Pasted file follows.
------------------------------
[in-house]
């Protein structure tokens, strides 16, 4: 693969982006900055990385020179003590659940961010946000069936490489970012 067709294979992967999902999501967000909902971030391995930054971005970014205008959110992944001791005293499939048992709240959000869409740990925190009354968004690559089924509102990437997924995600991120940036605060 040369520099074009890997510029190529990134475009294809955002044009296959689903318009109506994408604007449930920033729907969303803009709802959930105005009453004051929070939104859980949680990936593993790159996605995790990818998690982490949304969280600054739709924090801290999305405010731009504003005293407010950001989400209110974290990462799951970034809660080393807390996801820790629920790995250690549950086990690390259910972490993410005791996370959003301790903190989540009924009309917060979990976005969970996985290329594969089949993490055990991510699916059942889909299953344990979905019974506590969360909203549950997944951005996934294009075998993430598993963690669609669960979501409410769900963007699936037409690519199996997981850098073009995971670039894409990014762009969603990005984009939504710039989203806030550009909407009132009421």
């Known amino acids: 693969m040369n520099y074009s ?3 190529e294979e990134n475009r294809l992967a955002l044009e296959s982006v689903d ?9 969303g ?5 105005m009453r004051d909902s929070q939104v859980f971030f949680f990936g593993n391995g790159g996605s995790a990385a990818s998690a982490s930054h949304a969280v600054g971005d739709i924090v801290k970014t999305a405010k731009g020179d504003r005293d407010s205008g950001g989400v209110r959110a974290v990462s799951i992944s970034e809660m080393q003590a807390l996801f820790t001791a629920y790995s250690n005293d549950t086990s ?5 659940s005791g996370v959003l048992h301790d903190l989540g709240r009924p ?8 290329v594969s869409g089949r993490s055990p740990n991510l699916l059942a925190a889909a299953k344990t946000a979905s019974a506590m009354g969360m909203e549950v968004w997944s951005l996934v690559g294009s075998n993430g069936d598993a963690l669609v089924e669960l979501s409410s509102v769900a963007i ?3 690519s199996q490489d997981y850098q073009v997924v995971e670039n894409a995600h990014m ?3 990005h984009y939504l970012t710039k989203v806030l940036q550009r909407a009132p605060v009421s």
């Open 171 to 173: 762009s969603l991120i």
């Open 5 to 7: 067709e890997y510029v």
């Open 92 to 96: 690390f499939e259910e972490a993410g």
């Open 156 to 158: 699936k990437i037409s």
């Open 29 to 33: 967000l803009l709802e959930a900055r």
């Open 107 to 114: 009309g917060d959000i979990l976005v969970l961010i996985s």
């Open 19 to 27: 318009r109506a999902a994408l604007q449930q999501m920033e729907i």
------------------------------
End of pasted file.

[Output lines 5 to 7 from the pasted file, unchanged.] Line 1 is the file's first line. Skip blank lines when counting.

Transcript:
């Open 5 to 7: 067709e890997y510029v």
């Open 92 to 96: 690390f499939e259910e972490a993410g």
């Open 156 to 158: 699936k990437i037409s």